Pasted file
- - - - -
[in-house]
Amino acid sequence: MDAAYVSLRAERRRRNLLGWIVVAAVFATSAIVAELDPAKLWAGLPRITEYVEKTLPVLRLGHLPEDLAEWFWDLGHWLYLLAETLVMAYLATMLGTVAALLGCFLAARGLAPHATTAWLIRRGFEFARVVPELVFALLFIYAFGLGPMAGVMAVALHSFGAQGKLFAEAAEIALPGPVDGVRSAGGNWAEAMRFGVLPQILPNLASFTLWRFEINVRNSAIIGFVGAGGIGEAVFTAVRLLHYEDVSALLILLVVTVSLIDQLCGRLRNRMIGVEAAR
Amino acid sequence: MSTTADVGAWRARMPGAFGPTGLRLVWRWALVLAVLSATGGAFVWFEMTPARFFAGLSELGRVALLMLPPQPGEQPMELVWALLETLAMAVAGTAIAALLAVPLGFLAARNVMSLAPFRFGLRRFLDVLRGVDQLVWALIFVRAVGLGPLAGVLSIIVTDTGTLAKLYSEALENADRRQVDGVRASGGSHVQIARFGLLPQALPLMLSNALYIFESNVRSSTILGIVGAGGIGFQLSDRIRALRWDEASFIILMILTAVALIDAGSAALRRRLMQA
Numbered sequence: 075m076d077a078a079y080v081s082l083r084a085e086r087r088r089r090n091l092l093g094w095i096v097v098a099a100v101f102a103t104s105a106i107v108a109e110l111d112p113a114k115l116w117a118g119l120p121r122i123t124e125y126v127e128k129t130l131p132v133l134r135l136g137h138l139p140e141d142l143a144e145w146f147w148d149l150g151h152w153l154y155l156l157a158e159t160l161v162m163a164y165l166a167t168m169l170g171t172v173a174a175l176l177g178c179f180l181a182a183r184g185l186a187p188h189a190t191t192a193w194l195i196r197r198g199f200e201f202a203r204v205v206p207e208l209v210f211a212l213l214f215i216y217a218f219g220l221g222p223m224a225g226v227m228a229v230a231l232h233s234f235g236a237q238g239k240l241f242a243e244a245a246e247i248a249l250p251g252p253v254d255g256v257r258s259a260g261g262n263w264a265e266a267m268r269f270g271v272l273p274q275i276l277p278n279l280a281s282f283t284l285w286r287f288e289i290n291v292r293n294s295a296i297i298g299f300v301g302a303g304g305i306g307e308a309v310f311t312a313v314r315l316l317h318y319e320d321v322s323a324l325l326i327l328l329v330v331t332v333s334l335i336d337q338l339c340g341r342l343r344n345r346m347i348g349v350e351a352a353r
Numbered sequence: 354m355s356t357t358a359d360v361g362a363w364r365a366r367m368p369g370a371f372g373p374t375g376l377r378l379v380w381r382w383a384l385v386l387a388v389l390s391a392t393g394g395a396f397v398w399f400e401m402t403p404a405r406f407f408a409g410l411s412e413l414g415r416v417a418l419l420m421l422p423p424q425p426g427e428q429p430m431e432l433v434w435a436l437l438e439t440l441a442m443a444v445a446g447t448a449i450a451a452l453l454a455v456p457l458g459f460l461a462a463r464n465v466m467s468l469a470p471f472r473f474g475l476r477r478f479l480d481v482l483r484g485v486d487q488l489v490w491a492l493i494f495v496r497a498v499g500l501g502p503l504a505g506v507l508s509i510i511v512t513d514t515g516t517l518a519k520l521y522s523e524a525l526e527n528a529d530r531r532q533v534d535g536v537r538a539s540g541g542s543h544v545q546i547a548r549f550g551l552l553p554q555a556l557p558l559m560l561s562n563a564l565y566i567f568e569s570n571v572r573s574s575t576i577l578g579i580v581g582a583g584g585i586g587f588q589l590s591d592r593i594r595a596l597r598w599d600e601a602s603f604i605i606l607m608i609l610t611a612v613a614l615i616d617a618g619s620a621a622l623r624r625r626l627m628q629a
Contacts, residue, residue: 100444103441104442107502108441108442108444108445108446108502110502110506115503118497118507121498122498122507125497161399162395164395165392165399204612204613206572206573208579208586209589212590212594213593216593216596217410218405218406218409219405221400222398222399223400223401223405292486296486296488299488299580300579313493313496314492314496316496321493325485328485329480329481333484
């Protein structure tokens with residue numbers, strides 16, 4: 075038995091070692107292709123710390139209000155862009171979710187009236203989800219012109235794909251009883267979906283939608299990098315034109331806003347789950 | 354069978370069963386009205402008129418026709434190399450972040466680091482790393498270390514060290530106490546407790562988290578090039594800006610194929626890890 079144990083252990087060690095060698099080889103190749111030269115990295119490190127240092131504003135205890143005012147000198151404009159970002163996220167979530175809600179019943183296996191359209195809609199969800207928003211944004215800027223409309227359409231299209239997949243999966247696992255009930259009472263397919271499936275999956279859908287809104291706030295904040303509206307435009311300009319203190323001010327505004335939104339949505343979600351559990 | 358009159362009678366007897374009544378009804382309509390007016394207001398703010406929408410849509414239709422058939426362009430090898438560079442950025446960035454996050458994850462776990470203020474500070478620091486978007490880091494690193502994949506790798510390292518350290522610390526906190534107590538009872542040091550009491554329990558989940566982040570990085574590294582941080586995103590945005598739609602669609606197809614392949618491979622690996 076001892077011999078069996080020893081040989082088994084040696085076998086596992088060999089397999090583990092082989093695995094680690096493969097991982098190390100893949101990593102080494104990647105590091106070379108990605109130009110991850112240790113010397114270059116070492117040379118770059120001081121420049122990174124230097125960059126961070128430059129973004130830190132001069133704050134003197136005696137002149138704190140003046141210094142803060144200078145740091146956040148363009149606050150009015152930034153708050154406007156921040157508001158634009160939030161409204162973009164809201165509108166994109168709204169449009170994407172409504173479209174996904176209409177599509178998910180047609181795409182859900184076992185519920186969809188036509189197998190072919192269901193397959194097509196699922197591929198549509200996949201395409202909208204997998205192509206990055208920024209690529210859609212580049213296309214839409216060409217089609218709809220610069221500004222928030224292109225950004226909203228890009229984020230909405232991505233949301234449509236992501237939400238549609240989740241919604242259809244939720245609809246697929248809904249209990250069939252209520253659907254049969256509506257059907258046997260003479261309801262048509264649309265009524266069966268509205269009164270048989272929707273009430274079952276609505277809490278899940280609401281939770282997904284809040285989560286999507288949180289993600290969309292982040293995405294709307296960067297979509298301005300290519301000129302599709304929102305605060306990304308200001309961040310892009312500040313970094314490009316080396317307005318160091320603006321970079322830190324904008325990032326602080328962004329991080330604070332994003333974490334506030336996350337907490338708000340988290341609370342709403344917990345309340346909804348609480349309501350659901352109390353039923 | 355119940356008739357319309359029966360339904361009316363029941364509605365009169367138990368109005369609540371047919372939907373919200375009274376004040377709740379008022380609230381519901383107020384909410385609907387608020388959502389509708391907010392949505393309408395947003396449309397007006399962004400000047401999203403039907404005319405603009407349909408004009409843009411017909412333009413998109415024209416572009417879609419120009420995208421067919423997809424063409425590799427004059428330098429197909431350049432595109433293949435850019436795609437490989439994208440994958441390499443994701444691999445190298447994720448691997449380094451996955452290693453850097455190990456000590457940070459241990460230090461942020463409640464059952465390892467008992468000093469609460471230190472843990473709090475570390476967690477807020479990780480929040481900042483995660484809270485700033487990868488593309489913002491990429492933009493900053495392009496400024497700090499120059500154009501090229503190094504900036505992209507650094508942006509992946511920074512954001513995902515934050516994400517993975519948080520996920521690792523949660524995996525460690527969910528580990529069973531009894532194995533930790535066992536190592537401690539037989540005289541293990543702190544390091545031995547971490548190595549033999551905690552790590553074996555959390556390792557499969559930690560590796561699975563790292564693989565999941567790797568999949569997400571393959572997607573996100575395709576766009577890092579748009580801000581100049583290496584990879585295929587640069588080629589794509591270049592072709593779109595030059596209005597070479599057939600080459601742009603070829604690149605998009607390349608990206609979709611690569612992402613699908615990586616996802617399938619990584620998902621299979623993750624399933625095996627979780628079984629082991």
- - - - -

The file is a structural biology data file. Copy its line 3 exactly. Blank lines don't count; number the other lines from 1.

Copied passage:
Amino acid sequence: MSTTADVGAWRARMPGAFGPTGLRLVWRWALVLAVLSATGGAFVWFEMTPARFFAGLSELGRVALLMLPPQPGEQPMELVWALLETLAMAVAGTAIAALLAVPLGFLAARNVMSLAPFRFGLRRFLDVLRGVDQLVWALIFVRAVGLGPLAGVLSIIVTDTGTLAKLYSEALENADRRQVDGVRASGGSHVQIARFGLLPQALPLMLSNALYIFESNVRSSTILGIVGAGGIGFQLSDRIRALRWDEASFIILMILTAVALIDAGSAALRRRLMQA